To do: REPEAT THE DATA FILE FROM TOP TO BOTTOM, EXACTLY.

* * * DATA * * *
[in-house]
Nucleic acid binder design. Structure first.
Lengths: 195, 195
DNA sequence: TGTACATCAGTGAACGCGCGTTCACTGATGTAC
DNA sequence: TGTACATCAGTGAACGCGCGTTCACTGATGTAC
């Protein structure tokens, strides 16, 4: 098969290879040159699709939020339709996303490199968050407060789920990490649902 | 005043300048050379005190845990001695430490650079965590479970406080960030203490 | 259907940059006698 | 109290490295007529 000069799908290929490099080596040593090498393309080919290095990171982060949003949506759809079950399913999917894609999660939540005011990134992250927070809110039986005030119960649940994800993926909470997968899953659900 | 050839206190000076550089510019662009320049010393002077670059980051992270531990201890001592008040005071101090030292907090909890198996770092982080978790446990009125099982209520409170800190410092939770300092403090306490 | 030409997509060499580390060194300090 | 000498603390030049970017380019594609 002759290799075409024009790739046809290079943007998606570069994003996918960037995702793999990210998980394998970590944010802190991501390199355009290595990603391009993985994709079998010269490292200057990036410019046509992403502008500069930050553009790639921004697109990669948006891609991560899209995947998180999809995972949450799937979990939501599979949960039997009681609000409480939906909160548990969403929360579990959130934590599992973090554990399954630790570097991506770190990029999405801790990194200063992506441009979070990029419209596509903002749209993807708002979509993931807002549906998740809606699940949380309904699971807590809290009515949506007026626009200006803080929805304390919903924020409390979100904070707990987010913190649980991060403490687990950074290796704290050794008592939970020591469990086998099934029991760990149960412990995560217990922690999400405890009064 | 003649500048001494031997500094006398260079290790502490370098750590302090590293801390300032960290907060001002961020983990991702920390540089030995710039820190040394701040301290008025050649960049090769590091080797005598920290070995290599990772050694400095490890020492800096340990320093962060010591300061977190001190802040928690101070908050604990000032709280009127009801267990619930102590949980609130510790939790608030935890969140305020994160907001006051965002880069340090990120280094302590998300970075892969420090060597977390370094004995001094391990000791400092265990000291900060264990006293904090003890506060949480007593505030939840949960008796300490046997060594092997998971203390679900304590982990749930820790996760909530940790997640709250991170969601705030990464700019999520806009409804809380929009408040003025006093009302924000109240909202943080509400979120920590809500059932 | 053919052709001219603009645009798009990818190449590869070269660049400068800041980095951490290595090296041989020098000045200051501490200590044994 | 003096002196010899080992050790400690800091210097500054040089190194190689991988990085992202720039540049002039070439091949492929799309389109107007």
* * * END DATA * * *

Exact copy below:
[in-house]
Nucleic acid binder design. Structure first.
Lengths: 195, 195
DNA sequence: TGTACATCAGTGAACGCGCGTTCACTGATGTAC
DNA sequence: TGTACATCAGTGAACGCGCGTTCACTGATGTAC
């Protein structure tokens, strides 16, 4: 098969290879040159699709939020339709996303490199968050407060789920990490649902 | 005043300048050379005190845990001695430490650079965590479970406080960030203490 | 259907940059006698 | 109290490295007529 000069799908290929490099080596040593090498393309080919290095990171982060949003949506759809079950399913999917894609999660939540005011990134992250927070809110039986005030119960649940994800993926909470997968899953659900 | 050839206190000076550089510019662009320049010393002077670059980051992270531990201890001592008040005071101090030292907090909890198996770092982080978790446990009125099982209520409170800190410092939770300092403090306490 | 030409997509060499580390060194300090 | 000498603390030049970017380019594609 002759290799075409024009790739046809290079943007998606570069994003996918960037995702793999990210998980394998970590944010802190991501390199355009290595990603391009993985994709079998010269490292200057990036410019046509992403502008500069930050553009790639921004697109990669948006891609991560899209995947998180999809995972949450799937979990939501599979949960039997009681609000409480939906909160548990969403929360579990959130934590599992973090554990399954630790570097991506770190990029999405801790990194200063992506441009979070990029419209596509903002749209993807708002979509993931807002549906998740809606699940949380309904699971807590809290009515949506007026626009200006803080929805304390919903924020409390979100904070707990987010913190649980991060403490687990950074290796704290050794008592939970020591469990086998099934029991760990149960412990995560217990922690999400405890009064 | 003649500048001494031997500094006398260079290790502490370098750590302090590293801390300032960290907060001002961020983990991702920390540089030995710039820190040394701040301290008025050649960049090769590091080797005598920290070995290599990772050694400095490890020492800096340990320093962060010591300061977190001190802040928690101070908050604990000032709280009127009801267990619930102590949980609130510790939790608030935890969140305020994160907001006051965002880069340090990120280094302590998300970075892969420090060597977390370094004995001094391990000791400092265990000291900060264990006293904090003890506060949480007593505030939840949960008796300490046997060594092997998971203390679900304590982990749930820790996760909530940790997640709250991170969601705030990464700019999520806009409804809380929009408040003025006093009302924000109240909202943080509400979120920590809500059932 | 053919052709001219603009645009798009990818190449590869070269660049400068800041980095951490290595090296041989020098000045200051501490200590044994 | 003096002196010899080992050790400690800091210097500054040089190194190689991988990085992202720039540049002039070439091949492929799309389109107007």